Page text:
Legislation to create a 9/11-style commission to investigate the deadly Jan. 6 U.S. Capitol attack by a mob of former President Donald Trump’s supporters suffered a serious setback on Tuesday when House Republican Leader Kevin McCarthy came out against it.
Repudiating a deal announced last week by the top Democratic and Republican members of the House of Representatives Homeland Security Committee, McCarthy said in a statement: “I cannot support this legislation.”
McCarthy is a close ally of Trump. Hundreds of Trump supporters stormed into the Capitol, interrupting the formal congressional certification of President Joe Biden’s election victory, fighting with police and leaving five dead including a Capitol Police officer.
Some Republicans have sought to downplay the violence at the Capitol.
McCarthy complained that Democrats refused to broaden the scope of the planned commission to include 2020 protests in many U.S. cities against racism and police brutality and a 2017 shooting that seriously wounded congressman Steve Scalise, the No. 2 House Republican, during a practice at a baseball field.
Neither of those incidents were related to the Jan. 6 violence at the Capitol.
McCarthy also noted that several congressional committees already are investigating the Capitol attack. His announcement came shortly before the House Rules Committee began considering the bipartisan legislation to create the commission.
Lawmakers had squabbled for months over the makeup and operation of the panel.
A seeming breakthrough came last week when legislation was announced giving Democrats and Republicans equal opportunity in choosing commissioners for the special panel and requiring that Democrats and Republicans on the commission approve witness subpoenas before they could go forward. Both were key demands being made by Republican leaders.
The bill being considered on Tuesday by the Rules Committee would establish a bipartisan commission of 10 experts to investigate the causes of the attack, security shortcomings and intelligence information leading up to Jan. 6. The panel would be directed to release a final report by Dec. 31.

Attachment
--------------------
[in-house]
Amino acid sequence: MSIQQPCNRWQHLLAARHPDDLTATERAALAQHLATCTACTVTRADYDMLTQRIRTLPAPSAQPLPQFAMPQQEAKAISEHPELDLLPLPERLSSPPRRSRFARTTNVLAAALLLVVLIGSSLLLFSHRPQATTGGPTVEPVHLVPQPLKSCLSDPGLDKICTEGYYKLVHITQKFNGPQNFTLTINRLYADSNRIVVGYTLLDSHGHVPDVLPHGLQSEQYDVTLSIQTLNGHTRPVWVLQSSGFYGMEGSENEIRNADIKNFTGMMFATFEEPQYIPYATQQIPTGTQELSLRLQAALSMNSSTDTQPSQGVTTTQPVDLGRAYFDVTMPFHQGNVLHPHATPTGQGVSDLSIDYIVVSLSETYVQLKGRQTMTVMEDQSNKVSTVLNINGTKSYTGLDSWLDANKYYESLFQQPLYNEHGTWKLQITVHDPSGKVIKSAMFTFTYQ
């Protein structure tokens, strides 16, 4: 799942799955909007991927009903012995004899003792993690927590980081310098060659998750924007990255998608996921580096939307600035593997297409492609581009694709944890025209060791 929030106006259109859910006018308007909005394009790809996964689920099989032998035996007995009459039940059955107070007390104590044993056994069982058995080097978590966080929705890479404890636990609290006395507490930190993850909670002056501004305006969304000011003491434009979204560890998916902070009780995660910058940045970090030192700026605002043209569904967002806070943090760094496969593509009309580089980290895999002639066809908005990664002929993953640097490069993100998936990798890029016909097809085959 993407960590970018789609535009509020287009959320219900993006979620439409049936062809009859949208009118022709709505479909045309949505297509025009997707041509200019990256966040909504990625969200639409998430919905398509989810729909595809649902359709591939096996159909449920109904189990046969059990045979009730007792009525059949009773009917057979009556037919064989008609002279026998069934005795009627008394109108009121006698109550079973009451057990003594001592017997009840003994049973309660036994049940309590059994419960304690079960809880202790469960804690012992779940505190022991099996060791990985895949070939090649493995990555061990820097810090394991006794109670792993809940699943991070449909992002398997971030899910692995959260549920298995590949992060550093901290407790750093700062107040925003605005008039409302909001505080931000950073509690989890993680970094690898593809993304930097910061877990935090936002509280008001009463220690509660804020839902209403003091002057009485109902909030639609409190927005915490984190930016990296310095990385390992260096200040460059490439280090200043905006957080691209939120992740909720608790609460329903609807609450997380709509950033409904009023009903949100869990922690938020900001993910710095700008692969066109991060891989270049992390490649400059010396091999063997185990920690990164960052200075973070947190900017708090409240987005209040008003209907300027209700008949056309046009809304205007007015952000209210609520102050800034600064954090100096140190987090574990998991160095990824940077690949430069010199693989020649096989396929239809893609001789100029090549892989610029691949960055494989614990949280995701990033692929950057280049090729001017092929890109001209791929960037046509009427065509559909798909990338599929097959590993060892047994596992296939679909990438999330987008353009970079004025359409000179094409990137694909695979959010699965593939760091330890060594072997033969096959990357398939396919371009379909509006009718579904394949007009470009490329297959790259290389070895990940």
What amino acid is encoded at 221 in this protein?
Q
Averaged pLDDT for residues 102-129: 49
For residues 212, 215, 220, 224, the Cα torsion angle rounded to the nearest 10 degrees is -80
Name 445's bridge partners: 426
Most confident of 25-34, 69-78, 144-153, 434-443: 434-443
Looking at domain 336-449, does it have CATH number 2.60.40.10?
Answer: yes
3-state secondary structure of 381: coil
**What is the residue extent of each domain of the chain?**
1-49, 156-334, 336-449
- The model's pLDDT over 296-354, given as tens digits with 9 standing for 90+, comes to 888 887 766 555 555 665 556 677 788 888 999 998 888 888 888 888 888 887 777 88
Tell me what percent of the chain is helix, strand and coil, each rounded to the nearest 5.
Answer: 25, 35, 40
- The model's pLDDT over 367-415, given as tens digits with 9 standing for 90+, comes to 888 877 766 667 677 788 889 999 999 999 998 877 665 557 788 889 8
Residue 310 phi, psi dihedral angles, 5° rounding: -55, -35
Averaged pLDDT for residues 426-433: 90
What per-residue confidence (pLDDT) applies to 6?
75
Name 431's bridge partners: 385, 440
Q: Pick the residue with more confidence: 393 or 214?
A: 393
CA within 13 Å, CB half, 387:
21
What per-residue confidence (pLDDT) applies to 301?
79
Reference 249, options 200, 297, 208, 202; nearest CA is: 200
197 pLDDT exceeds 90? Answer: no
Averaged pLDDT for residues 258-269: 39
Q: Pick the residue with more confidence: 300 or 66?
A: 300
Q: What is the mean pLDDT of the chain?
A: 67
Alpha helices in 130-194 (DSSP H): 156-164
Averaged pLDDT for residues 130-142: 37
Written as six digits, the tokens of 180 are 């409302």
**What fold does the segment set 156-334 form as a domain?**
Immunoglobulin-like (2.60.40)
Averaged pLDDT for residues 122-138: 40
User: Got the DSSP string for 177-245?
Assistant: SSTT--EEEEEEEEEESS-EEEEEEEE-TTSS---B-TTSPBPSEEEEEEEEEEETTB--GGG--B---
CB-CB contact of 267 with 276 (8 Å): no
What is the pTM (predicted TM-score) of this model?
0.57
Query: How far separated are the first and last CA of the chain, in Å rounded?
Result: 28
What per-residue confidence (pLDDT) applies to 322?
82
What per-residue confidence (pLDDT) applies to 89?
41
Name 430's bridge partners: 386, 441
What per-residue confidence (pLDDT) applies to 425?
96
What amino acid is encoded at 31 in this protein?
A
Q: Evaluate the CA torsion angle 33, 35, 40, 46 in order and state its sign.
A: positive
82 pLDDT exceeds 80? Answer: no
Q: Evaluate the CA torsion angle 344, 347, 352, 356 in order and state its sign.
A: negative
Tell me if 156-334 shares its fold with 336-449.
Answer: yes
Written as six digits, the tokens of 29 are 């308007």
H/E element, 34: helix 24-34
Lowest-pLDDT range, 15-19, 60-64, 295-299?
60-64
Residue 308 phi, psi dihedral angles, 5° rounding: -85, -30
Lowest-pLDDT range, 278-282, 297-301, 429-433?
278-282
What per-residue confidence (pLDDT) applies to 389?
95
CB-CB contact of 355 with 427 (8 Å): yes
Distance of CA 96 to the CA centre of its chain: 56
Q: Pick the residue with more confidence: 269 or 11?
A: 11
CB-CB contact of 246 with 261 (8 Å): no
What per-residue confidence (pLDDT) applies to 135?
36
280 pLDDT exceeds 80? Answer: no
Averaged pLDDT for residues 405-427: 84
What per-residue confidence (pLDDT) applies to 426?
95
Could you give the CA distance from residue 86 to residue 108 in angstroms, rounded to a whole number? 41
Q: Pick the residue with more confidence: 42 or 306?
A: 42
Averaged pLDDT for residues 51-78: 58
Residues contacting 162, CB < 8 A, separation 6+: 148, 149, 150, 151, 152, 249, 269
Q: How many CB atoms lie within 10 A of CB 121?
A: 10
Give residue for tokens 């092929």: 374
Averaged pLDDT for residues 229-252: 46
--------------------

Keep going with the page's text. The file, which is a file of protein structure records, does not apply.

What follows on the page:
The planned commission would be similar to one that examined the Sept. 11, 2001, attacks on the United States by al Qaeda militants and made sweeping recommendations.
The Capitol rampage came after Trump gave an incendiary speech to his followers, repeating his false claims of a stolen election. Trump, who was impeached afterward by the Democratic-led House on a charge of inciting insurrection, continues to falsely claim the election was marred by widespread fraud.
House Republicans last week ousted Representative Liz Cheney from their leadership for rejecting Trump’s falsehoods.
Trump’s activities would likely become a focal point, as the legislation explicitly charges the commission with looking into “the influencing factors that fomented such attack.” The probe also would be expected to examine intelligence failures ahead of the attack and why it took hours for National Guard troops to reinforce the overwhelmed Capitol Police.
A vote on the bill by the full House is expected later this week.
More than 400 people have been arrested for taking part in the violence, which left dozens of law enforcement officers injured.
During a House hearing last week, Republican Representative Andrew Clyde said it would be “a bold-faced lie” to label the events of Jan. 6 an “insurrection.” Instead, he likened the events of that day to “a normal tourist visit.”
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